This weeks lectures and readings revolves around the keyword ~affect~; how are we affected by media (not only emotionally but technologically also).

Firstly, it must be considered, how does media communicate us to evoke an emotional response?
Communicating through media evokes emotions of happiness, sadness and discomfort. It helps us understand and engage with the full complexity of what is going on as things affect and are affected by each other.
What I thought related to this was the marketing of TV shows on Australian TV. I think that Australian media is coming to terms
with the fact that audiences are more likely to respond if we can emotionally relate to characters. Contestants on reality shows such
as Masterchef and My Kitchen Rules usually have a ‘story to tell’ whether it be positive or negative. Last week’s Masterchef audition programs were heavily influenced on how the contestants could adhere to us emotionally. For example, contestant Nick had battled Leukaemia AND had lost over 50 kgs in a year (pwoah). He also had been predominantly brought up by his grandmother (who ofcourse was the sweetest nan ever). Nick was emphasised in a lot of the episodes, showing the audience that Masterchef attempts to adhere to our emotions through the use of contestants. This is further emphasised by the ‘anecdotal videos’ that show throughout the show in relation to the characters- flashback videos are often played to show the contextual backgrounds of the contestants which both personalises their stories and affects our emotions.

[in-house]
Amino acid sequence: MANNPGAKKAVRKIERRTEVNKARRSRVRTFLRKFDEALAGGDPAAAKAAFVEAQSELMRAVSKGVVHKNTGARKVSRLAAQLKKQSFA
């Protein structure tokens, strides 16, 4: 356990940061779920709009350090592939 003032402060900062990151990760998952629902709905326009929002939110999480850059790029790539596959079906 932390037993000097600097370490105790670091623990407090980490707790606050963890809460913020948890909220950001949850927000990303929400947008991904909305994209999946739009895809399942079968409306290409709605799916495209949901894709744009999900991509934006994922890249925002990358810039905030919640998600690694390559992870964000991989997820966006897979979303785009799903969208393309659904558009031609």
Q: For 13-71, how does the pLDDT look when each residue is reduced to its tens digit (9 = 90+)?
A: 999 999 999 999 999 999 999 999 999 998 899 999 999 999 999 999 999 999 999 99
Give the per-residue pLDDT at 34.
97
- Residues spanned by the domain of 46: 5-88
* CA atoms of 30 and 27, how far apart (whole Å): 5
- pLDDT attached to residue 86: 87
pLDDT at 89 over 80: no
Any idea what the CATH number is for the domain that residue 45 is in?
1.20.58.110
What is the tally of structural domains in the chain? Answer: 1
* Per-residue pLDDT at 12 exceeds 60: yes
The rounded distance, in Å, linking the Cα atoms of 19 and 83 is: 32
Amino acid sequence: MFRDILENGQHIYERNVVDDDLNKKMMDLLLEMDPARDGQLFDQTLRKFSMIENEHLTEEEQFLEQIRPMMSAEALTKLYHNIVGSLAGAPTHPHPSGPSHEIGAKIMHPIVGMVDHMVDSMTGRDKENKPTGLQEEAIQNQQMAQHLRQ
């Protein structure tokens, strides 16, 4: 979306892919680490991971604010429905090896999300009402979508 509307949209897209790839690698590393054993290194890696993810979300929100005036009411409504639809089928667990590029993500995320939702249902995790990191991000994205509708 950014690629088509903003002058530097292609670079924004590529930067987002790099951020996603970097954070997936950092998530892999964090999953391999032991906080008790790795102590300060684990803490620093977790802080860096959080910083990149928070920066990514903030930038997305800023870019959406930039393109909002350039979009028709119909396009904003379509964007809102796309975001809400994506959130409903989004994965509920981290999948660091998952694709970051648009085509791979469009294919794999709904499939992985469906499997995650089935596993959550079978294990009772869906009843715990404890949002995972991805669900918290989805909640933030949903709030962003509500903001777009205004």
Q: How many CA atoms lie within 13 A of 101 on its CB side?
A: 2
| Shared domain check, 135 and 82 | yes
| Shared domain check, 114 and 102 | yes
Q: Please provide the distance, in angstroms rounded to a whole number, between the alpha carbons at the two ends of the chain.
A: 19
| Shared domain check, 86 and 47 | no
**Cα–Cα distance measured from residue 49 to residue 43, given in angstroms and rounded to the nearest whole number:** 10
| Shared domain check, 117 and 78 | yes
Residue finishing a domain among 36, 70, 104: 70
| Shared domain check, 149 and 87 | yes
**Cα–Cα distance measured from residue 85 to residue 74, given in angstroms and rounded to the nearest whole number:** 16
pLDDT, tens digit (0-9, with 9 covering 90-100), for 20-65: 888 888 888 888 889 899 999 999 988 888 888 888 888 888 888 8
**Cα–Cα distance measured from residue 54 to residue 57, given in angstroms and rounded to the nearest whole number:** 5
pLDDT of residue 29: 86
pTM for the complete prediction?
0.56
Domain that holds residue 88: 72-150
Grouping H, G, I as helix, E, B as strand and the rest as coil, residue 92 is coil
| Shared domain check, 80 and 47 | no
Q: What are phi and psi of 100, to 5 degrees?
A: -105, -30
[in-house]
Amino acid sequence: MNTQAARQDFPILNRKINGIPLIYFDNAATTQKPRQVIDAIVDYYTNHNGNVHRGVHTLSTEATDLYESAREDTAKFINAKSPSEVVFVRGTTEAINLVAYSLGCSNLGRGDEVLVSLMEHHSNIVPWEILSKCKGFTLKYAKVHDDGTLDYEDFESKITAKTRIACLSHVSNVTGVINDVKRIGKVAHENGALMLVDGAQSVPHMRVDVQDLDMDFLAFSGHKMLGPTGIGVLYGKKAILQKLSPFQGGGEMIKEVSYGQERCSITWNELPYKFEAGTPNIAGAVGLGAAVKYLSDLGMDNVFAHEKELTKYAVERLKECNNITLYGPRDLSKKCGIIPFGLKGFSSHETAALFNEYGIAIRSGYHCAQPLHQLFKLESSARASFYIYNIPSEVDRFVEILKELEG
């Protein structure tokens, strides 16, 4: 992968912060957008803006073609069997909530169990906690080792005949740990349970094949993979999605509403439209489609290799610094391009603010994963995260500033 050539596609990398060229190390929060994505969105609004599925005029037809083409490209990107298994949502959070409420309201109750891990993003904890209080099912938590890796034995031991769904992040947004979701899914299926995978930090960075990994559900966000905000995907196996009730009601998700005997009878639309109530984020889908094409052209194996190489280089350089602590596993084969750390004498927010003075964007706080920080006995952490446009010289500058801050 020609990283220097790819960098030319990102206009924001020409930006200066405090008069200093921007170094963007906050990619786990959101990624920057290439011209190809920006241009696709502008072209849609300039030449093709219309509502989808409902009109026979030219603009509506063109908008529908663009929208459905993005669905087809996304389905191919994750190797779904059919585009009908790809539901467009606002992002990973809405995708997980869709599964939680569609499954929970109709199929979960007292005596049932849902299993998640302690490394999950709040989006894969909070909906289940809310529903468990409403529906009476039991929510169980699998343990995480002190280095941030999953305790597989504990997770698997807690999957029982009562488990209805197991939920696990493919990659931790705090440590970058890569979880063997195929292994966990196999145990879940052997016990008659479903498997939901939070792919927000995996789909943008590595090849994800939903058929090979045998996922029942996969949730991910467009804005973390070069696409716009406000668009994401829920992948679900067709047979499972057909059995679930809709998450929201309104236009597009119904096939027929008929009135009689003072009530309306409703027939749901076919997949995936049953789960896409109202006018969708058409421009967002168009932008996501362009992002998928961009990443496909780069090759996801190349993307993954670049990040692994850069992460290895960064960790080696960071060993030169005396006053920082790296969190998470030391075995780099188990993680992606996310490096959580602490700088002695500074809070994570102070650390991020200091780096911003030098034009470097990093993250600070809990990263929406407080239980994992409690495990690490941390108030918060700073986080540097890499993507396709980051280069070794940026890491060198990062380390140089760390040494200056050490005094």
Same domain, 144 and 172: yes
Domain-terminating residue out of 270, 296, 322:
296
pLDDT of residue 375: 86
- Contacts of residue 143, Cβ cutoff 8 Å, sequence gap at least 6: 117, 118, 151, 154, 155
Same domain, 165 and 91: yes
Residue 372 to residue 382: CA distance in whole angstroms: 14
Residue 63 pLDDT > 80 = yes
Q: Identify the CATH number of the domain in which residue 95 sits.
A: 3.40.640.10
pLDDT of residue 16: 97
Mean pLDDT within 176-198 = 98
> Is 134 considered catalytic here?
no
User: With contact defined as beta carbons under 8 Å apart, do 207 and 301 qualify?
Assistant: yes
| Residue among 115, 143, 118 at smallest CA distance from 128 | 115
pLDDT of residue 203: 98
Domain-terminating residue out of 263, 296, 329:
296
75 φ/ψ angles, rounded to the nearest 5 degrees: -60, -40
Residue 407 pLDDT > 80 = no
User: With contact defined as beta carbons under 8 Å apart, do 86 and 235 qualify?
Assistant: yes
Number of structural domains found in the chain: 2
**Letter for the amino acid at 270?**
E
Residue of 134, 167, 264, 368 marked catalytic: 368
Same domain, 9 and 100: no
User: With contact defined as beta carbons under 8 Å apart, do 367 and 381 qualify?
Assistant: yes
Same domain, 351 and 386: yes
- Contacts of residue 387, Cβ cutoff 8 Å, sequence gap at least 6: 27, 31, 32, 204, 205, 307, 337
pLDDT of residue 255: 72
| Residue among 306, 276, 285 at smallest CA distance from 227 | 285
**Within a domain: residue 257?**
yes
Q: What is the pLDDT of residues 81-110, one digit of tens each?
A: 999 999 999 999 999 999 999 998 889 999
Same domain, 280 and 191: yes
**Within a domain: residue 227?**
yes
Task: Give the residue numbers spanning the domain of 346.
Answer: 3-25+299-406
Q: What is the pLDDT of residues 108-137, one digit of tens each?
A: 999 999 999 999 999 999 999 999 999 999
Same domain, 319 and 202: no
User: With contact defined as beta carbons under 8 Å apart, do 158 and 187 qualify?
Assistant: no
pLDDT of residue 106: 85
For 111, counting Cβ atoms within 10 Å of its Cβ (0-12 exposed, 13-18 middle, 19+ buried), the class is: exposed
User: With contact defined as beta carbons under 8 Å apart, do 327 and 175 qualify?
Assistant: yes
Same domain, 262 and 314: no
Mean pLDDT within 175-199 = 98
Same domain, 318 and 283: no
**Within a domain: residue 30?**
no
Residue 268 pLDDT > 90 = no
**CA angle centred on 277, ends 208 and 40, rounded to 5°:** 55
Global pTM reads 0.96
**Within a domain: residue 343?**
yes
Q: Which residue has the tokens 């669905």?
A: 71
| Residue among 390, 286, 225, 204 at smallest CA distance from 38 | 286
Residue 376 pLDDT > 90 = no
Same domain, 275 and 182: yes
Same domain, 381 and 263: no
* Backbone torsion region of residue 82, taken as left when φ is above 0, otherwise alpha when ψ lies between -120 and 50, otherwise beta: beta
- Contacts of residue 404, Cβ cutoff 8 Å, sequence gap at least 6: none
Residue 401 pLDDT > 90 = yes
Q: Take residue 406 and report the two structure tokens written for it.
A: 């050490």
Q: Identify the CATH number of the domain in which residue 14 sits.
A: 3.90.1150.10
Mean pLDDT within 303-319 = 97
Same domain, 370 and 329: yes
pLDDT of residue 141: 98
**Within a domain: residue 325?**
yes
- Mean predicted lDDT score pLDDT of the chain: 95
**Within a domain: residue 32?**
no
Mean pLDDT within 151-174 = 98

The ‘affect’ in media is not only caused emotionally but can also reach a technological level.
Gaming is an example of this, where the ‘atmosphere’ in which the game is set in can be understood through communication (Ash, 2012). This is furthered by Gibbs’ analysis, where emotions such as anger or happiness involves a kind of “affect contagion” because affects are “innate activators” (Gibbs, 2002). This can relate to gaming as, on gaming sites such as Dota, contenders are able to communicate on a chat-log on the game itself. If an emotion is shown on the chat, it affects as a domino affect, all the contenders on the game are affected.



Gibbs, Anna (2002) ‘Disaffected’, Continuum: Journal of Media
& Cultural Studies, 16:3, 335-341, <;

Ash, James (2012) ‘Attention, Videogames and the Retentional
Economies of Affective Amplification’, Theory, Culture & Society, 29(6): 3-26



(Gregory J. Seigworth and Melissa Gregg (2010) “An Inventory of
Shimmers” in The Affect Theory Reader, Durham: Duke University